The Berryman is amazing.

The Berryman is difficult.

The Berryman is slowly wasting away.

These statements are all true. They have been for 20+ years. While I do not want to write a small book on the trail I will, however, explain the benefits of having the Berryman Loop within 120 miles of your front door.

The Berryman Trail is a loop of singletrack in the Mark Twain National Forest that serves hikers, equestrians and within the last 30 years, mountain bikers. It was built by the Civilian Conservation Corp – CCC for short – which was instituted shortly after the Great Depression. The Berryman Trail is an approximately 24 mile loop that features over 2,400 feet of climbing, several creek crossings and the scaling of over 12 Ozark hillsides. The trail follows creek valleys, climbs ancient Ozark hills and descends into several rocky outcroppings.

The Berryman Trail was classified as an IMBA Epic in 2002. The trail best features the “feel” of Missouri backcountry trail riding. There are many reasons that bikers continue to ride the Berryman.

But there’s one major draw… The Berryman Trail is a LOOP.

You can’t say that about any other portion of the Ozark Trail network. The Berryman Trail may be the largest loop in Missouri that doesn’t need other trail connectors or roads to call it a true loop.

And the best part that the original designers may or may not have grasped is that there are several legitimate bailout options. Options that allow injured or destroyed folks to limp back to their cars via the “central” firewood that pierces the trail’s core. On top of that, there are two major trailheads that feature camping.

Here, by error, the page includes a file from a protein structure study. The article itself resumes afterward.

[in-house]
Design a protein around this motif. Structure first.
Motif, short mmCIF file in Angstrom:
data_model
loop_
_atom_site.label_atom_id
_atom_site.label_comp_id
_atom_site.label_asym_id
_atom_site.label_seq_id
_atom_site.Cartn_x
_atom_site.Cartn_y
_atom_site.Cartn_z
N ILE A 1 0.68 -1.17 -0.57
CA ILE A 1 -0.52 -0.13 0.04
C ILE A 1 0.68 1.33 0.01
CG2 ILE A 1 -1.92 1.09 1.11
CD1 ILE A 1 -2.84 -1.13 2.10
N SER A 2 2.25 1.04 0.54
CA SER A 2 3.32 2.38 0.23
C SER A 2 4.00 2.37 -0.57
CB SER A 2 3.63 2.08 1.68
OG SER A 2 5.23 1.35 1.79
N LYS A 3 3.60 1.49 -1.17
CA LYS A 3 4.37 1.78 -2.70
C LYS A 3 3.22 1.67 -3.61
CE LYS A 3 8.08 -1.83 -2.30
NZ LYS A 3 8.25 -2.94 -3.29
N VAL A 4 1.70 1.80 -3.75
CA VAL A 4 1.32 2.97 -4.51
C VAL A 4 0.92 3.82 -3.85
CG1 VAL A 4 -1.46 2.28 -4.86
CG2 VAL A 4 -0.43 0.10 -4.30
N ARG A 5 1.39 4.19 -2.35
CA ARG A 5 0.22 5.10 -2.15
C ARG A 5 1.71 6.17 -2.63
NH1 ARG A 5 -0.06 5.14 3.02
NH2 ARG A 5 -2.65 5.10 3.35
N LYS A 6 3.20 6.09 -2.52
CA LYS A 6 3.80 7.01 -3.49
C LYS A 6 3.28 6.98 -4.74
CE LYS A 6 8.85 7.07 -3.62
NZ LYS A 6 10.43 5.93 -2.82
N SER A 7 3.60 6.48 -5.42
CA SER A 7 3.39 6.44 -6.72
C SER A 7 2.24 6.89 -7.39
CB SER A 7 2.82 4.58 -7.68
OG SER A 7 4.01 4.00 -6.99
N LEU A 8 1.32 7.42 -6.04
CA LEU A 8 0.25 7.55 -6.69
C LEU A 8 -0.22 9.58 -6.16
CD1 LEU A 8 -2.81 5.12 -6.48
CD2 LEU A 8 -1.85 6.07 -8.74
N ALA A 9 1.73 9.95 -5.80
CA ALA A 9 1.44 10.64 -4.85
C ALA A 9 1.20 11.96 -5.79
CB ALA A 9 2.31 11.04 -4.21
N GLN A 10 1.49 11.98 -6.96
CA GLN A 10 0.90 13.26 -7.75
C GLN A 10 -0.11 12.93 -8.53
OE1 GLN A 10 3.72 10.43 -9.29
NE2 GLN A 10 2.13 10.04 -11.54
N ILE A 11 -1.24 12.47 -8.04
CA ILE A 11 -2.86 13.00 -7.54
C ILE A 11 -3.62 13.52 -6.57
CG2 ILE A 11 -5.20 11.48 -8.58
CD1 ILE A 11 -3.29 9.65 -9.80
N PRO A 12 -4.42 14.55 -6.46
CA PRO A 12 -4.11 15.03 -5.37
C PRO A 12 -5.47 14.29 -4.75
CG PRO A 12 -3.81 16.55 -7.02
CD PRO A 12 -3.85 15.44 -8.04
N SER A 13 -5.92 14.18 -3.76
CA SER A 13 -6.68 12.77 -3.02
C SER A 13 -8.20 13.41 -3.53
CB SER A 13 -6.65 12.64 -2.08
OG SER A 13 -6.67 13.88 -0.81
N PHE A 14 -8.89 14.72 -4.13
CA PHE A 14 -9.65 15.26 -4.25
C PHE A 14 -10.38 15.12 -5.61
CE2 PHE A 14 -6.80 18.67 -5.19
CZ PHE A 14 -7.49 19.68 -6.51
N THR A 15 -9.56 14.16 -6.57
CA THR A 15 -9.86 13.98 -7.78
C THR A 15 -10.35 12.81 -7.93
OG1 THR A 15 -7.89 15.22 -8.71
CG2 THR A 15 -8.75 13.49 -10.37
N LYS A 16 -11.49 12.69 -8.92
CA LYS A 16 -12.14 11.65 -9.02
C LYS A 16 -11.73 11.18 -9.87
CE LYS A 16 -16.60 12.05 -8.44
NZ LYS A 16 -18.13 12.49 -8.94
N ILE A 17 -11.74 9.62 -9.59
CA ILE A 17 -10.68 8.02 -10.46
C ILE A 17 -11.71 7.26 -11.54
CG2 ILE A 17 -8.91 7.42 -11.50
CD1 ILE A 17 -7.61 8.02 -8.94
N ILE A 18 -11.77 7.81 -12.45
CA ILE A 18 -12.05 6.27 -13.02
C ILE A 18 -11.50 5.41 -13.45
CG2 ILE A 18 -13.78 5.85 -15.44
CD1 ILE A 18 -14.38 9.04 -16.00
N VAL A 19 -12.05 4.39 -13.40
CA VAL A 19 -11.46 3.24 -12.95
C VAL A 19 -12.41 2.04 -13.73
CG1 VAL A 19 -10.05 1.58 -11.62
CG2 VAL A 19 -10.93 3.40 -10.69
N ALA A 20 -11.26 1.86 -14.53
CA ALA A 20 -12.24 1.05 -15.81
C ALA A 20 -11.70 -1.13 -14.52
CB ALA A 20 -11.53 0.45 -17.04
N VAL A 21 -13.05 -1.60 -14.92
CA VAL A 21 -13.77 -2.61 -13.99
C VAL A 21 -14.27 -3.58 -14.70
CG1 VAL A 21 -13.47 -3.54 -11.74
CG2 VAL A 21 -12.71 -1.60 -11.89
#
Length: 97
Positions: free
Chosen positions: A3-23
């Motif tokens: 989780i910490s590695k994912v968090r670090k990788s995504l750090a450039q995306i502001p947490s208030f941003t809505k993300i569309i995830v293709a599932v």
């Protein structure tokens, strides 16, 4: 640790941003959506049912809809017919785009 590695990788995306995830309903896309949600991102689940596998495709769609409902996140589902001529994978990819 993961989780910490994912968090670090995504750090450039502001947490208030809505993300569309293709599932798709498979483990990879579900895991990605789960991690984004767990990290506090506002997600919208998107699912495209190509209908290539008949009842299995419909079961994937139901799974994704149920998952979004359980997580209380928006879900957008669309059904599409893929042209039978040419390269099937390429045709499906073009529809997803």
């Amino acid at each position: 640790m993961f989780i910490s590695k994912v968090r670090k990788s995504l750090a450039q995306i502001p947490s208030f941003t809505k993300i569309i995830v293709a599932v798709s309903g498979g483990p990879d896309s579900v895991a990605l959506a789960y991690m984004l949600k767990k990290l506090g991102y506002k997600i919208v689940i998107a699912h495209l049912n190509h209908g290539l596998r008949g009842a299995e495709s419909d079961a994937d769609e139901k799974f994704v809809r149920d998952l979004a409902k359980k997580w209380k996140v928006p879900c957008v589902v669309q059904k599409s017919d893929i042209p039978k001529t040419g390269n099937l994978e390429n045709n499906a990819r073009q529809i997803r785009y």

True, the Berryman is suffering every trail’s worst nightmare. Continued use in the muddy season, motorized use (ATV/dirtbike) and fall-line climbs are contributing to its “erosion issues”. All of these issues combined would absolutely murder an average trail. But for some reason the Berryman is losing its foothold much more slowly. Sure, the switchbacks in some areas are grossly eroded but then think, really think, of the sweet, glossy-buff sections of trail that thread through the pines or hug the edge of a precipice. In the dry season the Berryman rails but in the wet the trail leaves you for dead. But you shouldn’t be riding it when it’s wet, remember?

Ignoring the switchbacks that would be more accurately called slides that drop into the Brazil Creek campground and the areas that require riders to know how to loft their front end chin-high in spots, the Berryman isn’t out to destroy you – it simply wants to make you a better Missouri Ozark trail rider. If you use the Berryman as your training ground then you will be almost unstoppable – except West Virginia.

Simply put, the mere FACT that you can link up the Ozark Trail (hundreds of miles!) and Council Bluff is unfathomable to other folks. Missouri has a trail network that other states would die for – and it’s all about 120 miles from your kitchen sink.

Spread the word.